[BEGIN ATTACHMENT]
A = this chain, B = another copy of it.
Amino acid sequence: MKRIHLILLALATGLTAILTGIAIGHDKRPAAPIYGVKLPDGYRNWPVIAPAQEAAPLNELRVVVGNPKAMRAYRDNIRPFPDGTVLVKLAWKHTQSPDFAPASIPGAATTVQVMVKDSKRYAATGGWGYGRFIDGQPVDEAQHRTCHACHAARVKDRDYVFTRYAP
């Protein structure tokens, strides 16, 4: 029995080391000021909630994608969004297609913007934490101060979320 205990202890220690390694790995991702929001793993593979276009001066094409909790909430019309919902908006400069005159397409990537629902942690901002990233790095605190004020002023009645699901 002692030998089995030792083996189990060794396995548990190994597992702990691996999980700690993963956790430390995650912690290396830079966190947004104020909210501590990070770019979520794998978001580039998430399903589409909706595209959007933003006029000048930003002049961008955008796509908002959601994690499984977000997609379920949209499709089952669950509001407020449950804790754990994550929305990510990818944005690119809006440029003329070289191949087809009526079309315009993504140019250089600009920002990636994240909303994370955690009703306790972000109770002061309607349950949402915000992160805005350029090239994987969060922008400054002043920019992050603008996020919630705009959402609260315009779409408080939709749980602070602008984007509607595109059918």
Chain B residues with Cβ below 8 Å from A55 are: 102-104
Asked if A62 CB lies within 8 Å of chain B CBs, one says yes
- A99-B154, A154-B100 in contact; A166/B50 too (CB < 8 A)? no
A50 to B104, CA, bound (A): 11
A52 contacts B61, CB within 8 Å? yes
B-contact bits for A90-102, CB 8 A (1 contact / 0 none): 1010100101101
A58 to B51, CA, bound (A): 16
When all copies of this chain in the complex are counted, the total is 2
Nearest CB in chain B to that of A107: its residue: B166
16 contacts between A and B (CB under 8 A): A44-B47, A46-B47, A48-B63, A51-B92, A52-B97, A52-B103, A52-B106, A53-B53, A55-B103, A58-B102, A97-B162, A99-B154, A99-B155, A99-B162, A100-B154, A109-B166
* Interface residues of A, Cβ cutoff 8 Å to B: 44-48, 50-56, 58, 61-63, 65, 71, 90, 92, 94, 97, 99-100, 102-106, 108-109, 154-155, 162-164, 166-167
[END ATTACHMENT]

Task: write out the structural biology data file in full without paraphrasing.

A = this chain, B = another copy of it.
Amino acid sequence: MKRIHLILLALATGLTAILTGIAIGHDKRPAAPIYGVKLPDGYRNWPVIAPAQEAAPLNELRVVVGNPKAMRAYRDNIRPFPDGTVLVKLAWKHTQSPDFAPASIPGAATTVQVMVKDSKRYAATGGWGYGRFIDGQPVDEAQHRTCHACHAARVKDRDYVFTRYAP
């Protein structure tokens, strides 16, 4: 029995080391000021909630994608969004297609913007934490101060979320 205990202890220690390694790995991702929001793993593979276009001066094409909790909430019309919902908006400069005159397409990537629902942690901002990233790095605190004020002023009645699901 002692030998089995030792083996189990060794396995548990190994597992702990691996999980700690993963956790430390995650912690290396830079966190947004104020909210501590990070770019979520794998978001580039998430399903589409909706595209959007933003006029000048930003002049961008955008796509908002959601994690499984977000997609379920949209499709089952669950509001407020449950804790754990994550929305990510990818944005690119809006440029003329070289191949087809009526079309315009993504140019250089600009920002990636994240909303994370955690009703306790972000109770002061309607349950949402915000992160805005350029090239994987969060922008400054002043920019992050603008996020919630705009959402609260315009779409408080939709749980602070602008984007509607595109059918």
Chain B residues with Cβ below 8 Å from A55 are: 102-104
Asked if A62 CB lies within 8 Å of chain B CBs, one says yes
- A99-B154, A154-B100 in contact; A166/B50 too (CB < 8 A)? no
A50 to B104, CA, bound (A): 11
A52 contacts B61, CB within 8 Å? yes
B-contact bits for A90-102, CB 8 A (1 contact / 0 none): 1010100101101
A58 to B51, CA, bound (A): 16
When all copies of this chain in the complex are counted, the total is 2
Nearest CB in chain B to that of A107: its residue: B166
16 contacts between A and B (CB under 8 A): A44-B47, A46-B47, A48-B63, A51-B92, A52-B97, A52-B103, A52-B106, A53-B53, A55-B103, A58-B102, A97-B162, A99-B154, A99-B155, A99-B162, A100-B154, A109-B166
* Interface residues of A, Cβ cutoff 8 Å to B: 44-48, 50-56, 58, 61-63, 65, 71, 90, 92, 94, 97, 99-100, 102-106, 108-109, 154-155, 162-164, 166-167